Shelly is internationally recognized for his research in hematopoietic-derived stem cells and the development of cell processing technologies for improved cancer therapy. His long-term goals have a direct therapeutic focus, many involving the “engineering” of transplant products to improve clinical outcomes. Pre-clinical translation activities include identification of better markers for characterization of hematopoietic stem and progenitor cells, improvements in isolation/purification technologies, and development of ex vivo manipulation strategies that can enhance the therapeutic potential of cells such as T-cell-based immunotherapy for treatment of various diseases.
Shelly is a Past-President for International Society of Cellular Therapy (ISCT), and is a leading authority in the FDA regulations and lab practices needed for clinical cell therapies, including Good Laboratory Practice (GLP), Good Tissue Practice (GTP), and Good Manufacturing Practice (GMP). Shelly continues to work with the FDA and other organizations to facilitate the exchange of ideas and best practices in the rapidly evolving area of Cell Therapy.
Shelly received his PhD in Cell Differentiation from the University of California, Irvine and completed postdoctoral studies with Dr. Irving Weissman at Stanford before going into industry to work as a founding scientist at SyStemix and later at CellPro, Inc., the first company to develop an FDA-approved device for CD34+ cell enrichment.
Irwin D. Bernstein, MD Advisory Board Member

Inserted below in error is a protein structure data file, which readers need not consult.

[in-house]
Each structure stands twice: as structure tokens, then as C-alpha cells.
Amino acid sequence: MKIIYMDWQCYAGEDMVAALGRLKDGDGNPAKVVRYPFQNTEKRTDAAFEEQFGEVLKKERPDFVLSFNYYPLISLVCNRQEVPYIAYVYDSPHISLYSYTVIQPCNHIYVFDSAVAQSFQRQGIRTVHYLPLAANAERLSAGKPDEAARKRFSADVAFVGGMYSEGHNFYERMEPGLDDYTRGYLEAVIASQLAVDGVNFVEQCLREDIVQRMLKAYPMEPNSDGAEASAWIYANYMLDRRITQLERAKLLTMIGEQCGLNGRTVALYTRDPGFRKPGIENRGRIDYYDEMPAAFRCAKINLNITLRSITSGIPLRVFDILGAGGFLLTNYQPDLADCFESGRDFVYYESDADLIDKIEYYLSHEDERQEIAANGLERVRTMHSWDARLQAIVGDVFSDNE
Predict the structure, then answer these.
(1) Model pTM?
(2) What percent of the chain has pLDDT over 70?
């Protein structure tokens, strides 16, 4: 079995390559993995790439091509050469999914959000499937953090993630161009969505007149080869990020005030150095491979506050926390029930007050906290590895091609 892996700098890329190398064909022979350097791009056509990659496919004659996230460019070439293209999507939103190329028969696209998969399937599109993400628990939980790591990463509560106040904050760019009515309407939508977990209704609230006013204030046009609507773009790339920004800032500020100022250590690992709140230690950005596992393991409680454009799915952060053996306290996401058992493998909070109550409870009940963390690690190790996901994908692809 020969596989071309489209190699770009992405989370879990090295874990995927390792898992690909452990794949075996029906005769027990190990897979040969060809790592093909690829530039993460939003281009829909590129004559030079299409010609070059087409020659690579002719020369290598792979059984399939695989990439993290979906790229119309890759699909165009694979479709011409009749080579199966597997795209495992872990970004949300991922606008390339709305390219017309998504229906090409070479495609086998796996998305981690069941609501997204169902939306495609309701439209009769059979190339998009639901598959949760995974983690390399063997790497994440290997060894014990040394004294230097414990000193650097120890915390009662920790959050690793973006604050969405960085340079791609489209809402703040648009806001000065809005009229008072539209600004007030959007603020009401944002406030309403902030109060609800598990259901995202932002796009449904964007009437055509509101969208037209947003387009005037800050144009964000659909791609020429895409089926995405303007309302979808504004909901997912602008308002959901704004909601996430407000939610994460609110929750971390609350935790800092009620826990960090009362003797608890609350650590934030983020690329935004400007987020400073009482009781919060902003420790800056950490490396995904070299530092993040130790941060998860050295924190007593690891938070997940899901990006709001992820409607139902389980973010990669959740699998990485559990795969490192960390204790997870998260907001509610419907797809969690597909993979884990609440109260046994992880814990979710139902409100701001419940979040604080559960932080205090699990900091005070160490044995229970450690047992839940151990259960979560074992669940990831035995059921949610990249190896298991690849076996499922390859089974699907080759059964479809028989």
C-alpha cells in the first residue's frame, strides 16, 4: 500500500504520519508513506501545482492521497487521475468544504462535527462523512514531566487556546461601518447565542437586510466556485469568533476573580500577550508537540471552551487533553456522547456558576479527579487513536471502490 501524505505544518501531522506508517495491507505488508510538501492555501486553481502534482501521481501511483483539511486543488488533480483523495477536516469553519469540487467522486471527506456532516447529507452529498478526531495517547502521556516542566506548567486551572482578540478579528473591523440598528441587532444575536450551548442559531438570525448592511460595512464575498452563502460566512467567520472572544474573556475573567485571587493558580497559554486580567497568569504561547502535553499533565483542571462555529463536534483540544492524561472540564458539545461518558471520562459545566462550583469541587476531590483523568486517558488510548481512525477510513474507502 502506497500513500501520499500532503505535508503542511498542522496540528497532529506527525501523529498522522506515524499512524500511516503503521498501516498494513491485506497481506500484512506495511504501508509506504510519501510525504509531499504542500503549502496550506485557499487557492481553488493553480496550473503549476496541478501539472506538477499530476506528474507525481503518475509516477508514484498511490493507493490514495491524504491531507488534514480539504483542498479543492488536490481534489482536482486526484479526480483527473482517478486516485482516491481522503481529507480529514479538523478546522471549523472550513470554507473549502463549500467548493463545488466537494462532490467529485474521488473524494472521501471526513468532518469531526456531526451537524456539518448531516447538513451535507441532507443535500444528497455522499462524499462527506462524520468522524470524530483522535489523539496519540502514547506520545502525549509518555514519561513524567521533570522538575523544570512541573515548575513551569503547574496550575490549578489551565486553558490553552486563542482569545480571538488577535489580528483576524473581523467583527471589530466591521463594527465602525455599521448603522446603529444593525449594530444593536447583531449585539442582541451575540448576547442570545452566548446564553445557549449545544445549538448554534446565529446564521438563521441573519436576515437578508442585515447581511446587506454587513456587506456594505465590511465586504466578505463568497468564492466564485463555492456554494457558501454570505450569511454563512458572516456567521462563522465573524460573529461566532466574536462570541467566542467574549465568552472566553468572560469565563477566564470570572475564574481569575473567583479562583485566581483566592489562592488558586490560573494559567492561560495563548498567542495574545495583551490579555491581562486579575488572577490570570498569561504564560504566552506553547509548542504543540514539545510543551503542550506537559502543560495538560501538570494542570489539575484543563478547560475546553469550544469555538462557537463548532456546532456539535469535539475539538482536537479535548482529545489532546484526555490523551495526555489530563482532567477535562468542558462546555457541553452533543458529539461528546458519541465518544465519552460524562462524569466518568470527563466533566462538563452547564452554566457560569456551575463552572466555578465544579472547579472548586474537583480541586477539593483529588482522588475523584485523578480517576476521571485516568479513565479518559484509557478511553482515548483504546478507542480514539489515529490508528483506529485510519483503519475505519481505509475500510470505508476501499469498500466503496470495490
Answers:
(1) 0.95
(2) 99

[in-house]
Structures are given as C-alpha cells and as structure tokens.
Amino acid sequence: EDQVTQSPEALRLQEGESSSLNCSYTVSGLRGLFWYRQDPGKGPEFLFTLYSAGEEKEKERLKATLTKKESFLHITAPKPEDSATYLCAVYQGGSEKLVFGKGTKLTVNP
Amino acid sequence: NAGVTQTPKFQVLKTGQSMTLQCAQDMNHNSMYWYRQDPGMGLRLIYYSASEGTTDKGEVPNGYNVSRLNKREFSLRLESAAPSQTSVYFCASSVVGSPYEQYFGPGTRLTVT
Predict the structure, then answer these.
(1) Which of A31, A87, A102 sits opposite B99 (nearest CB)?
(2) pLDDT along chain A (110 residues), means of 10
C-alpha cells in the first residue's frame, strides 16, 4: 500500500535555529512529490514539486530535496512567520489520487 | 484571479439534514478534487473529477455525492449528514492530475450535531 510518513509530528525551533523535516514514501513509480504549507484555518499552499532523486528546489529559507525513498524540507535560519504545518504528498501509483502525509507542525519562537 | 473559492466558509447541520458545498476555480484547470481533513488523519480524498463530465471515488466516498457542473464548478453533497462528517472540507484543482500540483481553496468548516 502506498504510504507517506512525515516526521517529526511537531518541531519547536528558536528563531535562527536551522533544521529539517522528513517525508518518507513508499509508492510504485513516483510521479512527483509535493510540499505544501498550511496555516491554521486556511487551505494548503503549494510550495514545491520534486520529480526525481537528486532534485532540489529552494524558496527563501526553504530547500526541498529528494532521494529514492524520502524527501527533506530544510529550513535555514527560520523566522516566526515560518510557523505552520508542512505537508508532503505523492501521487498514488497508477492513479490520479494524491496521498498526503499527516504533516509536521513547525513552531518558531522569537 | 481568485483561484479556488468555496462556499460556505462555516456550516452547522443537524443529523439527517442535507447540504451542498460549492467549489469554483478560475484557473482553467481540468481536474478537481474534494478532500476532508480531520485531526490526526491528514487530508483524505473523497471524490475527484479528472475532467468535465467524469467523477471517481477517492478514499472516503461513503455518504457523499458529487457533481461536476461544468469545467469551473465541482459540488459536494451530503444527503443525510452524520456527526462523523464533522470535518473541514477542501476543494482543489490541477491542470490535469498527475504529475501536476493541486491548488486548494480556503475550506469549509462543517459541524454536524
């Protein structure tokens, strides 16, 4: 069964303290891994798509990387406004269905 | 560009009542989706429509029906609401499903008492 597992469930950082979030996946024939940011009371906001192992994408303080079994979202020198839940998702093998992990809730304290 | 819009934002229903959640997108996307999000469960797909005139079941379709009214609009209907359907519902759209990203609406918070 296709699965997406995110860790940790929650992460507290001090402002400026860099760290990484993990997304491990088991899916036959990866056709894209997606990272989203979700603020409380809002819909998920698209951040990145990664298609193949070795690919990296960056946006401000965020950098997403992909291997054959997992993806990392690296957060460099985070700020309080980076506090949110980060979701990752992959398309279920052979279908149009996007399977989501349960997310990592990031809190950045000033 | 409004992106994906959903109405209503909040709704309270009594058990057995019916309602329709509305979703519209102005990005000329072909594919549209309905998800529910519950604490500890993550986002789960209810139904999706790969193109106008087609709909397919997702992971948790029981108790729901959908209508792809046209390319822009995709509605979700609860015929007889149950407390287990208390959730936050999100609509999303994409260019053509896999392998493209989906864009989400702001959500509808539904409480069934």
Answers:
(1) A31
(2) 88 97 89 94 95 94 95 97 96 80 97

Irwin D. Bernstein, MD, is chief of the Division of Hematology/Oncology and Bone Marrow Transplant at Seattle Children’s Hospital and professor of pediatrics at the University of Washington School of Medicine. Irwin holds the John R. Hartmann Endowed Chair in Pediatric Oncology/Hematology at Seattle Children’s and is an American Cancer Society professor. He is director of the Division of Pediatric Hematology/Oncology in the Department of Pediatrics and Member and head of the Pediatric Oncology Program at Fred Hutchinson Cancer Research Center (FHCRC) where he also heads NIH-supported grants for career development in pediatric and medical oncology.
His past appointments include a member of the Scientific Advisory Board for the University of Minnesota Cancer Center and board membership for the Leukemia and Lymphoma Society. Irwin’s research interests have focused on developmental aspects of hematopoiesis, including normal and leukemic hematopoietic stem cells. Studies conducting in Dr. Bernstein’s lab were credited with the identification of maturation-linked cell surface antigens used to develop Mylotarg as a targeted anti-CD33 therapy for AML and for the development of stem cell transplantation using isolated CD34+ cells. Additional studies of normal hematopoiesis in his lab are aimed at determining methods to direct primitive hematopoietic precursors to commit to a particular maturational pathway or to self-renew. These studies, focused on the role of Notch signaling, demonstrated that constitutive Notch1 signaling can enhance self-renewal and lead to the immortalization of cytokine-dependent pluripotent murine hematopoietic stem cells. This in turn led to the finding that Notch signaling induced by exogenously presented engineered Notch ligands enhances the ex vivo generation of primitive multipotent precursors and has served as the basis for the development of novel clinically relevant expansion methods of human cord blood stem and progenitor cells now being developed by Nohla Therapeutics.